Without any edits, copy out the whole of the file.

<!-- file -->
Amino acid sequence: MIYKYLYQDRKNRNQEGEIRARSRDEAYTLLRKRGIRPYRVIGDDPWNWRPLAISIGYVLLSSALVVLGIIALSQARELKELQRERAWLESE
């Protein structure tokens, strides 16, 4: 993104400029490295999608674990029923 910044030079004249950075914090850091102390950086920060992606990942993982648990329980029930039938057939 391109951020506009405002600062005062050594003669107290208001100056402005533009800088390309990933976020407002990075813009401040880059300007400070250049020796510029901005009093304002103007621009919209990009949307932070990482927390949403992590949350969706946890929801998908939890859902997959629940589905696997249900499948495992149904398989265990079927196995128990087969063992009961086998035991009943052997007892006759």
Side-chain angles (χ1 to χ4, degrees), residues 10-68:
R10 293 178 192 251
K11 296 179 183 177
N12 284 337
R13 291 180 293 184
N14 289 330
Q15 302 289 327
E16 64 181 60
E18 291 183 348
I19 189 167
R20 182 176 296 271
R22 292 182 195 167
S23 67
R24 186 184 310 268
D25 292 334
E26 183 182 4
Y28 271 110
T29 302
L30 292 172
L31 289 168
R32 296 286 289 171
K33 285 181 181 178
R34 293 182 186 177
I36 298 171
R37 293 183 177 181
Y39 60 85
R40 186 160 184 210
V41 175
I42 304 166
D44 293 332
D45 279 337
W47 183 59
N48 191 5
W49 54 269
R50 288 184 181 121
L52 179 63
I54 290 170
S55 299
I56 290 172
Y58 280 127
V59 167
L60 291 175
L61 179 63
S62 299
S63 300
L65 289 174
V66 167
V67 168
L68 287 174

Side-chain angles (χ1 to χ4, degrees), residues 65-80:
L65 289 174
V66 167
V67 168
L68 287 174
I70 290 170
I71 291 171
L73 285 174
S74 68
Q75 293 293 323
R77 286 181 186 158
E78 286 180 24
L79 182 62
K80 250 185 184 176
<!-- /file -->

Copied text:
Amino acid sequence: MIYKYLYQDRKNRNQEGEIRARSRDEAYTLLRKRGIRPYRVIGDDPWNWRPLAISIGYVLLSSALVVLGIIALSQARELKELQRERAWLESE
């Protein structure tokens, strides 16, 4: 993104400029490295999608674990029923 910044030079004249950075914090850091102390950086920060992606990942993982648990329980029930039938057939 391109951020506009405002600062005062050594003669107290208001100056402005533009800088390309990933976020407002990075813009401040880059300007400070250049020796510029901005009093304002103007621009919209990009949307932070990482927390949403992590949350969706946890929801998908939890859902997959629940589905696997249900499948495992149904398989265990079927196995128990087969063992009961086998035991009943052997007892006759």
Side-chain angles (χ1 to χ4, degrees), residues 10-68:
R10 293 178 192 251
K11 296 179 183 177
N12 284 337
R13 291 180 293 184
N14 289 330
Q15 302 289 327
E16 64 181 60
E18 291 183 348
I19 189 167
R20 182 176 296 271
R22 292 182 195 167
S23 67
R24 186 184 310 268
D25 292 334
E26 183 182 4
Y28 271 110
T29 302
L30 292 172
L31 289 168
R32 296 286 289 171
K33 285 181 181 178
R34 293 182 186 177
I36 298 171
R37 293 183 177 181
Y39 60 85
R40 186 160 184 210
V41 175
I42 304 166
D44 293 332
D45 279 337
W47 183 59
N48 191 5
W49 54 269
R50 288 184 181 121
L52 179 63
I54 290 170
S55 299
I56 290 172
Y58 280 127
V59 167
L60 291 175
L61 179 63
S62 299
S63 300
L65 289 174
V66 167
V67 168
L68 287 174

Side-chain angles (χ1 to χ4, degrees), residues 65-80:
L65 289 174
V66 167
V67 168
L68 287 174
I70 290 170
I71 291 171
L73 285 174
S74 68
Q75 293 293 323
R77 286 181 186 158
E78 286 180 24
L79 182 62
K80 250 185 184 176